Take the 2-minute tour ×
Stack Overflow is a question and answer site for professional and enthusiast programmers. It's 100% free, no registration required.

We have an MVC web app that uses FormsAuthentication and also stores a couple of variables in Session variables. We've encountered a few situations lately where the session variables are lost, but the user is still logged in. A quick Google lead me to a few SO articles mentioning that In Proc Session State is regularly lost and that if we require it to persist, we should consider moving to a non In Proc solution.

Coming from a classic ASP background, where we relied on Session state for the lifetime of the session, it seems a bit baffling that I now can't rely on it at all. Surely In Proc Session State is of no value to anyone if it can be lost at the drop of a hat? Am I missing something?

I realise that storing it in an SQL server has it's benefits, but for small webapps with little traffic, In Proc is an ideal solution, could it be relied upon.

share|improve this question

2 Answers 2

up vote 1 down vote accepted

ASP.NET session state is able to run in a separate process from the ASP.NET host process. If session state is in a separate process, the ASP.NET process can come and go while the session state process remains available. Of course, you can still use session state in process similar to classic ASP, too.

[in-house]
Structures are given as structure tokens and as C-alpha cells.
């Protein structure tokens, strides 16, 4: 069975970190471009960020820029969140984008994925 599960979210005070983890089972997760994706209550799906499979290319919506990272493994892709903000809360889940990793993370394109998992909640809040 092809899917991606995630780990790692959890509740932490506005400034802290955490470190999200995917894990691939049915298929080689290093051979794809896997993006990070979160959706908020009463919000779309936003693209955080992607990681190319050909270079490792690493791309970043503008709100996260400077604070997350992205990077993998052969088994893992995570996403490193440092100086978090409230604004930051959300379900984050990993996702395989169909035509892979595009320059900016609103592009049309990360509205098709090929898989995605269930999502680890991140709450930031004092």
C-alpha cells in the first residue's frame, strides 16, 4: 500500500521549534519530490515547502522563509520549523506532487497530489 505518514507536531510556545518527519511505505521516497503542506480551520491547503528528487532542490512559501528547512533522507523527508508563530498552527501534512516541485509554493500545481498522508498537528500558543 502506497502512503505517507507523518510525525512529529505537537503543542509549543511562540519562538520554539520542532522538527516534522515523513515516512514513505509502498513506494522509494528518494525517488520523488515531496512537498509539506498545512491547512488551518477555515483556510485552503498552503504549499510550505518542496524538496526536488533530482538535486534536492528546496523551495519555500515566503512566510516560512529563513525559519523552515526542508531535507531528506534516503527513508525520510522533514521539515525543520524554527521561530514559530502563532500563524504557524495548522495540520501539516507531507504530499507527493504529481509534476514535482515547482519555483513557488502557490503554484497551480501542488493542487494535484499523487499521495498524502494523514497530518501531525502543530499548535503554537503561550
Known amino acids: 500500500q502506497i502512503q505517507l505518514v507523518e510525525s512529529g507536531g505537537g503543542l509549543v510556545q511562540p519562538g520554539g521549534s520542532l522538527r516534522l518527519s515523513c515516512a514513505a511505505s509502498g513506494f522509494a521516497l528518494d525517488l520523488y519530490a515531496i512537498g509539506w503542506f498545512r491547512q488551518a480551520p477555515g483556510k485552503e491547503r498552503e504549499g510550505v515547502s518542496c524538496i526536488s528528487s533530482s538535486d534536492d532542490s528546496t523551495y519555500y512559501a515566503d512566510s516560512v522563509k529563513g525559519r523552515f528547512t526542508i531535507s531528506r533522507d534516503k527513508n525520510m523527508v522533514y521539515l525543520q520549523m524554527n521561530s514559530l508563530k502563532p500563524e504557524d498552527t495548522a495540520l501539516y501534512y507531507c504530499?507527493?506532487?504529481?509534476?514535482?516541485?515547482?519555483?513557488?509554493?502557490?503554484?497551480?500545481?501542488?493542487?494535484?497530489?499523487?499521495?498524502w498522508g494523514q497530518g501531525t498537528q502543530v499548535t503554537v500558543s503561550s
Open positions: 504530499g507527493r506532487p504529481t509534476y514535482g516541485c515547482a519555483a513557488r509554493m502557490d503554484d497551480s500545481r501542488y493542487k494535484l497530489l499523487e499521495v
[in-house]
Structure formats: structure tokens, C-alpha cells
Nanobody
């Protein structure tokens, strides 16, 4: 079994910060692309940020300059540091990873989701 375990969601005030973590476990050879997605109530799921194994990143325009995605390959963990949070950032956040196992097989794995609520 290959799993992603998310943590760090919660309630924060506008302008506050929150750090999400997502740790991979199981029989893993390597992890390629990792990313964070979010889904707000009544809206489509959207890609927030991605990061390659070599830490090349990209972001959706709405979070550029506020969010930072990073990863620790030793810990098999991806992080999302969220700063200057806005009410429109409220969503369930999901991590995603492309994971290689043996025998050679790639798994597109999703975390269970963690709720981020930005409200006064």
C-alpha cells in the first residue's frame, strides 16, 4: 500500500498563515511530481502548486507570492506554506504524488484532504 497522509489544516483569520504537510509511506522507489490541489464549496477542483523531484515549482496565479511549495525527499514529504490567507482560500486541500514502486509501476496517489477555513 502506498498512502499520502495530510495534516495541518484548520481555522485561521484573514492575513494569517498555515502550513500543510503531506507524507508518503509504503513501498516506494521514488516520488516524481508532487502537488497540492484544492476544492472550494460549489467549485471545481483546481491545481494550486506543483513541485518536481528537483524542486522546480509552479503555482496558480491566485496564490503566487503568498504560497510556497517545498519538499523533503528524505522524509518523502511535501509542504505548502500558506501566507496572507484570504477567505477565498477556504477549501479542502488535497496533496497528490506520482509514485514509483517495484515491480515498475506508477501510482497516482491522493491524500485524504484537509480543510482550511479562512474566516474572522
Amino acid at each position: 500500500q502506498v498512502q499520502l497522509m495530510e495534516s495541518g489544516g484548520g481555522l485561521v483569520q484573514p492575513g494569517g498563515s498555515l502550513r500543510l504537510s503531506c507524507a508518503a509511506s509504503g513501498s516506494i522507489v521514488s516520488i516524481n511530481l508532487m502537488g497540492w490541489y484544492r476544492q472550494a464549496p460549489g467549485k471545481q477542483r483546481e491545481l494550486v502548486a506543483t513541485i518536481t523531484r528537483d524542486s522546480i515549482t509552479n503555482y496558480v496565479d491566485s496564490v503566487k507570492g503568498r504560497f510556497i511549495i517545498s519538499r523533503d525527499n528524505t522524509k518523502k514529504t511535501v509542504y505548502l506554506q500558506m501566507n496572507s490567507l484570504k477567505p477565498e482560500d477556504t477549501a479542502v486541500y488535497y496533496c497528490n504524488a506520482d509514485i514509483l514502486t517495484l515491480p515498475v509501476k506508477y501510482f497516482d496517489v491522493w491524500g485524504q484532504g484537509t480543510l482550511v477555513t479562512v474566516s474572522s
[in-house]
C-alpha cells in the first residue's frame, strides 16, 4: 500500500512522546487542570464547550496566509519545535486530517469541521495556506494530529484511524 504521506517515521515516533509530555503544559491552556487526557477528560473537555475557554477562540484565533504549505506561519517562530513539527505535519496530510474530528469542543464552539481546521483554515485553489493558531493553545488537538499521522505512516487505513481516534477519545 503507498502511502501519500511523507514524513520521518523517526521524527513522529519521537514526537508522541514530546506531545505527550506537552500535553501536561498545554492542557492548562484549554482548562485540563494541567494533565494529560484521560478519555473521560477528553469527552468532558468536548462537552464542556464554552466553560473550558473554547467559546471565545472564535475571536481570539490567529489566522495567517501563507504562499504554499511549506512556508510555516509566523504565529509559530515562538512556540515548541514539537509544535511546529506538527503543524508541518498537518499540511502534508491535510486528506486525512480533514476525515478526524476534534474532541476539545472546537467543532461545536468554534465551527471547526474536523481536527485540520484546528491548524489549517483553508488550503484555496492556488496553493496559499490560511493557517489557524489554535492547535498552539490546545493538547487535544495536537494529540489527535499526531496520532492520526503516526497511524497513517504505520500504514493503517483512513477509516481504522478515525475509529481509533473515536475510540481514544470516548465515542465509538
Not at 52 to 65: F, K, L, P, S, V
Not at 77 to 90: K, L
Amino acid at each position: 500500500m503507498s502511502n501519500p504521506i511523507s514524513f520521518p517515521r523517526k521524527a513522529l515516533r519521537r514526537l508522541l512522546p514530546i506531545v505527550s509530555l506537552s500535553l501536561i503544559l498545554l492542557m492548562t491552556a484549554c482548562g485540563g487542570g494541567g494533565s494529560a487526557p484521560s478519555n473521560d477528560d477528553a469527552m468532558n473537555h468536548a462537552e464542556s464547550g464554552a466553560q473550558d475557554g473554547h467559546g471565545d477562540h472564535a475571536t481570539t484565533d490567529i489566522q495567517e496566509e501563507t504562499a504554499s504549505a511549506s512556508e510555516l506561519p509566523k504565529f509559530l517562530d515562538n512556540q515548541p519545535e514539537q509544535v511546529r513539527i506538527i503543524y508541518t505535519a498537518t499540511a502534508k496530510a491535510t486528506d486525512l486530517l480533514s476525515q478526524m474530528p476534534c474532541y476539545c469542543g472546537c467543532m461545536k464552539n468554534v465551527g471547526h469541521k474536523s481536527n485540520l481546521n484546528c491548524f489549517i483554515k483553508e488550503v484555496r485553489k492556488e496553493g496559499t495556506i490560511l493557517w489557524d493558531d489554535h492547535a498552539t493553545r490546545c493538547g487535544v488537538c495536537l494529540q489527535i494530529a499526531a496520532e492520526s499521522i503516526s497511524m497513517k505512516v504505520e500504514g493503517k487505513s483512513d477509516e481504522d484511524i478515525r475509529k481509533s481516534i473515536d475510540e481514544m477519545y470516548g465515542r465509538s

You don’t have to use SQL server to store session data in out of process, you can use out of process state server which can be in memory on the same server as the web server.

You can read more about how to configure out of process session state under http://msdn.microsoft.com/en-us/library/ms972429.aspx

share|improve this answer
Excellent, just what I was after. –  littlecharva Feb 8 '12 at 12:04
Is the link really pointing to a page written on December 28, 2000?? Here's another one pointing to more recent info, tho still frmw 3.0... msdn.microsoft.com/en-us/library/87069683%28v=vs.85%29.aspx –  zukanta Aug 19 '13 at 17:20

As far as i know in-proc sessions state is lost after recompiling application and recycling application pool. App pool could be recycled if there is not enough memory or it's have regular restart time interval.

share|improve this answer

Your Answer


By posting your answer, you agree to the privacy policy and terms of service.

Not the answer you're looking for? Browse other questions tagged or ask your own question.